St Clair Cemetery, Mt Lebanon, Allegheny Co, PA

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Friday, March 25, 2011

Fearless Females: Grandma Massey Harbison, Surviving an Indian Kidnapping in 1792

Fearless and courageous are only two of the words used to describe Massey (Massa) White HARBISON.  Her story still makes me catch my breath every time I read it.

Massey WHITE,  a child of American Revolution patriot Edward WHITE, was born in 1770 and witnessed early American history firsthand.  She is believed to have witnessed battles close to her home in Somerset County, NJ.  Her father relocated the family to western Pennsylvania, and that is where her hair raising story really begins.

Massey married John HARBISON in 1787 and they became one of the first settlers on the headwaters of Chartier's Creek in the northwestern part of Westmoreland County, Pennsylvania.  They were accustomed to making mad dashes to nearby blockhouses when the Indians attacked and killed the locals.

John fought in St. Clair's army and was wounded when St. Clair and men suffered a huge defeat against the western Indian tribes in 1791.  After he had healed, he served as an Indian Scout in the Allegheny frontier.

In May of 1792, Indians attacked their home while John was away and dragged Massa and her children out of bed.  One of the small boys was crying such that the Indians dashed his head on the doorstep, before stabbing and scalping him.  To her horror, Massey and her remaining two children were taken hostage.

Many of her captives were known to her and could speak English.

As the band of Indians and their captives were crossing down a steep bank to the Allegheny River, Massey threw herself off the horse.  The horse that carried her son fell and injured her son.  The Indians then killed him.  She wrote, .."When I beheld this second scend of inhuman butchery, I fell to the ground senseless, with my infant in my arms..." (1).

When she awoke, she saw the scalp of her child on the ground and was beaten yet again. They later crossed into the Indian side of the country.  She thought death would be welcome at this point, and expected to die when she threw down the powder horn (not once, but three times) that the Indians forced her to carry (as she was carrying her infant.)

She passed the first night of her captivity with her arms pinioned to her back and with a savage to each side of her.  The next morning, Massey bravely tried to take a tomahawk before being detected.  Quick on her feet, she explained her infant was trying to play with it.

The Indians had been successful in losing the settlers and were vigilant in their lookout for pursuit.  The second night, Massey was moved to another station.  The next morning, some of the Indians went off again to see if the settlers could be seen.  Massey faked being asleep, and her one remaining guard did fall asleep.  She grabbed a pillowcase and hankerchief and made her escape.  She changed courses several times during her escape in order to deceive the Indians.  The Indians did search for her and came close to her hiding spot.  She stuffed the cloth in her infant's mouth to keep him quiet. For over two hours, the Indian stood still and close to her hiding spot.  He did not leave until his friends called for him.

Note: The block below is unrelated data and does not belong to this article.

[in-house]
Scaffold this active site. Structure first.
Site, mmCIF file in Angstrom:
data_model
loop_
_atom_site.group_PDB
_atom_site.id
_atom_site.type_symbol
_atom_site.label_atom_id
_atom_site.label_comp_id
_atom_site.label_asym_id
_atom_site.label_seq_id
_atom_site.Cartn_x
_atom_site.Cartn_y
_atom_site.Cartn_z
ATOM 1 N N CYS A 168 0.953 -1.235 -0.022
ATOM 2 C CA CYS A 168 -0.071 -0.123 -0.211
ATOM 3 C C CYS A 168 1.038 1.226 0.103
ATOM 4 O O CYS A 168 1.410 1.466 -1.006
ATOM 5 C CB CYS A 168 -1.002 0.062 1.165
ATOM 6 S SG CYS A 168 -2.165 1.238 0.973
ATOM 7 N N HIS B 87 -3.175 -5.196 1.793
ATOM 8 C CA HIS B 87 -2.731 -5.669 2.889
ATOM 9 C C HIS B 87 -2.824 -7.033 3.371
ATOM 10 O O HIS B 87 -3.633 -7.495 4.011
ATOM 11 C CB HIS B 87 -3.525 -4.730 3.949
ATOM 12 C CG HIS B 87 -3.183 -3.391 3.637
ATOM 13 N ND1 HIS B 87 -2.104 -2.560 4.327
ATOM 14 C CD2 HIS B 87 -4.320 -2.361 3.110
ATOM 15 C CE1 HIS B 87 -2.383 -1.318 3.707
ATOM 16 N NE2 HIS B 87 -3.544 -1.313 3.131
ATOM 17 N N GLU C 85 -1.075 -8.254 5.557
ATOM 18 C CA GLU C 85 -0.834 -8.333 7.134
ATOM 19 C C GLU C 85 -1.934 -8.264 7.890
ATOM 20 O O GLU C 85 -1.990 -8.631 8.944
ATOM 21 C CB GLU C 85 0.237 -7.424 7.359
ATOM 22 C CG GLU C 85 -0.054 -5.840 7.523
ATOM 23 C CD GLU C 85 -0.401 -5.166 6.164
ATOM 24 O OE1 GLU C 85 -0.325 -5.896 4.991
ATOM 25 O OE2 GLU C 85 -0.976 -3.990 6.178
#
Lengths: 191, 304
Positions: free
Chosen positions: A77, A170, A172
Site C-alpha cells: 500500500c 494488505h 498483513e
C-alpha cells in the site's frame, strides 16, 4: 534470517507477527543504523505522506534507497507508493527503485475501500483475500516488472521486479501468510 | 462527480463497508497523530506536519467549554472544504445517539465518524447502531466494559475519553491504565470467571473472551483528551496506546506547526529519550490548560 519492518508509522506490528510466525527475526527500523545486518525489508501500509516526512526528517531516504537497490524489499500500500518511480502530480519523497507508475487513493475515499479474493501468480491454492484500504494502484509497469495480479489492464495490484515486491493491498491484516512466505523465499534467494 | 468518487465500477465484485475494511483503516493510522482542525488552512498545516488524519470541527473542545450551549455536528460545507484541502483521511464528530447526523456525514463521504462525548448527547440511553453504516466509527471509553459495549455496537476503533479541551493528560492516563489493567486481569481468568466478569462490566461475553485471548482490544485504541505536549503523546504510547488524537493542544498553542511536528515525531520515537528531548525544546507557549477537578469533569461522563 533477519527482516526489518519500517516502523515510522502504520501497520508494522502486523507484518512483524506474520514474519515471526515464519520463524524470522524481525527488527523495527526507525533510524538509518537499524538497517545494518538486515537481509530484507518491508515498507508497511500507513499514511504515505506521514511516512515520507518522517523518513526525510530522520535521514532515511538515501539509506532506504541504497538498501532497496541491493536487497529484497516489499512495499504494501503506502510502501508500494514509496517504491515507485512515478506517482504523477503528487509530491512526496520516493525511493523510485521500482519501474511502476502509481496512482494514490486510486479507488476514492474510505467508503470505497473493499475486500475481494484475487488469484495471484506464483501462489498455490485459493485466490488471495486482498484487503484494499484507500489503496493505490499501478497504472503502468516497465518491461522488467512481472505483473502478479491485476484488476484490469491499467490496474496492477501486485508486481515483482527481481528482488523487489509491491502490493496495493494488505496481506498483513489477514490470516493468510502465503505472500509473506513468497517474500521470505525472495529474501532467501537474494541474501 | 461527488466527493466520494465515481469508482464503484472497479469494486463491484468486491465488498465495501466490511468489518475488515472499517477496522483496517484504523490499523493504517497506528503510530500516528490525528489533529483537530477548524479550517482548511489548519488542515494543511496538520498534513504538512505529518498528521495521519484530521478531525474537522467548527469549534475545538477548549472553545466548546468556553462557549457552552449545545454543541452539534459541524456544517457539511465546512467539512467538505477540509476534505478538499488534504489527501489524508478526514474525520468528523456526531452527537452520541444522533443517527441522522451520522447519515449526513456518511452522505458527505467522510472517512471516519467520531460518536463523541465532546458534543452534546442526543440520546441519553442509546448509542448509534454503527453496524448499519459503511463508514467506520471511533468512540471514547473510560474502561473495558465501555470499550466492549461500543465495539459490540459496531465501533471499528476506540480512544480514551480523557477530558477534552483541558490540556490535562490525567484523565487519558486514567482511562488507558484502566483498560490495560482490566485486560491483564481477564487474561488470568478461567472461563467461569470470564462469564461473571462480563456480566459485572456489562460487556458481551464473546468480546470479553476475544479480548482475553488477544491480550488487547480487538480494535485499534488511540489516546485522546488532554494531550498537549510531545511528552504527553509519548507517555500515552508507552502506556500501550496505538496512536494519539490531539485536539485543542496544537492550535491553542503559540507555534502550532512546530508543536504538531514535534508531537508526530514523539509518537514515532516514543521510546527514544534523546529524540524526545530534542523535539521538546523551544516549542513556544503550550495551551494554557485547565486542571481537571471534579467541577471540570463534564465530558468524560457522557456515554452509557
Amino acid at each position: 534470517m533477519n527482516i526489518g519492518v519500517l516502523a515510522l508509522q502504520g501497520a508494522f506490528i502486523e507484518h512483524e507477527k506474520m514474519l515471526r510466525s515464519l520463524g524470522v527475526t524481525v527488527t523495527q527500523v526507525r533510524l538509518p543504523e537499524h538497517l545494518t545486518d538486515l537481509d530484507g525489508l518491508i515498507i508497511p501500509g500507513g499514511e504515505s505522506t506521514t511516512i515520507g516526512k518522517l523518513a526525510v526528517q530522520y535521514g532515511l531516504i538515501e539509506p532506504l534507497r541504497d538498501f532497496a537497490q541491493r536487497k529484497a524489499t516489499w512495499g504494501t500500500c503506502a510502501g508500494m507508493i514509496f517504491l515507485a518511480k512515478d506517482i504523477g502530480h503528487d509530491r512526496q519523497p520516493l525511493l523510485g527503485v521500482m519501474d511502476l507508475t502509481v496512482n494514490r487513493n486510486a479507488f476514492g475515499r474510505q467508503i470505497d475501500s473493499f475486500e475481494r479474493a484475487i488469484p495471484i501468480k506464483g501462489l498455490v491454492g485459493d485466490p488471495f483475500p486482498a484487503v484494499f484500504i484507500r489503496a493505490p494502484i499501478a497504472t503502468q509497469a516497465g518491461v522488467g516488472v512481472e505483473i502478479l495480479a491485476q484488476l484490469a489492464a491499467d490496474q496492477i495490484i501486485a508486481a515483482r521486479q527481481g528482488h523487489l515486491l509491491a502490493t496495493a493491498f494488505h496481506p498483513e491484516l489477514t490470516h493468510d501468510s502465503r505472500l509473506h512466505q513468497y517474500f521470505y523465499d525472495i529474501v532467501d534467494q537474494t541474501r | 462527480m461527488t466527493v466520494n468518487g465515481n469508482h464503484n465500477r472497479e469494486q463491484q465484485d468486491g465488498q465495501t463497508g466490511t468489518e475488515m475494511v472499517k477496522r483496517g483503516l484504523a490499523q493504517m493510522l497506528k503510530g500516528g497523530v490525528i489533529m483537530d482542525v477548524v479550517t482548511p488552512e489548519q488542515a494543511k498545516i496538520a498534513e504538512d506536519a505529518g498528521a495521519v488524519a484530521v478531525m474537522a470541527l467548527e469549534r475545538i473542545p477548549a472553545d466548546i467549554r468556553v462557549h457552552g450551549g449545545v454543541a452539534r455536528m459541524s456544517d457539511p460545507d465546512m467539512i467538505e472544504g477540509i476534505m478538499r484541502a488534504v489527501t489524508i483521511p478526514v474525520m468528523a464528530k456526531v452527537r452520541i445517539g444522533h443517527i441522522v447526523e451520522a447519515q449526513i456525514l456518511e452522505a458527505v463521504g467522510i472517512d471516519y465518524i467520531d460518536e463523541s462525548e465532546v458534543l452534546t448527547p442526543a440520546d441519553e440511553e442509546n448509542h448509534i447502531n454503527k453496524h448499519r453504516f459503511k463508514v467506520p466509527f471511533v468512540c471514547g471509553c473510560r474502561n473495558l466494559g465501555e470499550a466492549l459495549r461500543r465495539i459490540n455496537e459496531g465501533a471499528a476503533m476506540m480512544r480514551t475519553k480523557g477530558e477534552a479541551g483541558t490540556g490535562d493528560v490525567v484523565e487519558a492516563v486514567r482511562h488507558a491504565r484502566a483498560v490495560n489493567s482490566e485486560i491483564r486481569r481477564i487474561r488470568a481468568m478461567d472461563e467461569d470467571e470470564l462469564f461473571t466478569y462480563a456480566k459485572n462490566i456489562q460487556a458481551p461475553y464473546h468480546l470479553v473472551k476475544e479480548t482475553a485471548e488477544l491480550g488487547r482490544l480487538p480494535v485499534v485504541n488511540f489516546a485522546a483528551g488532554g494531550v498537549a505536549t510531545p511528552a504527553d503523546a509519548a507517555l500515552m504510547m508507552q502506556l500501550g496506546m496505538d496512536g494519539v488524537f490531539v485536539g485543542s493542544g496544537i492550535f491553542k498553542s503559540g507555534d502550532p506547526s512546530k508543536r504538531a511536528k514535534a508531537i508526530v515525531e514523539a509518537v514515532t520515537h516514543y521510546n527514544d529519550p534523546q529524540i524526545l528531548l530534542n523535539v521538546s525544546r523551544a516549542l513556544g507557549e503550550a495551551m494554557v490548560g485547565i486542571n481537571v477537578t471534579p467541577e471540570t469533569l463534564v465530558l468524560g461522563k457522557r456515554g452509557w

She crossed the creek above Pittsburgh and found a path to follow. For a few days, she wandered trying to find help, while fearful of being detected by the Indians.  She despaired that both she and her infant would die.  Only the thought of her infant dying after her kept her determined to find help.

When she heard a cow bell and saw some settlers, she called out to them.  They asked her name, and checked to see if it was a trap.  When one of the men saw her condition, he asked her again who she was.  It was one of her neighbors who knew her but did not recognize her in the week since she had been gone.  Her appearance and voice had been altered.

Massey survived, although the events of the kidnapping altered her life forever.  Her story was told and retold after the event in newspapers of the time.  In 1825, she published a book on the ordeal.

You can call her brave.  I can call her grandma.  You see, her daughter, Margaret, is the third wife of my 4g grandfather.  While I don't share her blood, Massey was the only grandmother my 3g and 2g grandfathers knew.

There is a park named for Massey as well as a DAR chapter in Pennsylvania.

Ahh, genealogy.  Honoring the amazing women in my family history makes me so thankful for them and their sacrifices.

Sources:

(1) Flood Tides Along the Allegheny by Francis R Harbison, 1941.
http://digital.library.pitt.edu/cgi-bin/t/text/pageviewer-idx?c=pitttext;cc=pitttext;xc=1;idno=00z836437m;g=text-all;xg=1;q1=massey%20harbison;frm=frameset;view=image;seq=7;page=root;size=s

History of Butler County Pennsylvania, 1883
http://www.rootsweb.ancestry.com/~pabutler/1883/83-02.htm#massy

Alle-Kiski Valley.com
http://akvalley.com/history/pioneers/massa/massa.shtml


©2011 AS Eldredge

2 comments:

Doug DeLong said...

Massey Harbison was my great,great,great,great Grandmother. The infant with whom she escaped was my great, great, great Grandfather. I have just recently been researching this old family story that my aunts and uncles would tell every so often when I was a child. thank you for publishing it.

Anonymous said...

So, Doug, what can you add to the story? Guess we are kinda related thru 2nd marriage of Massey's daughter.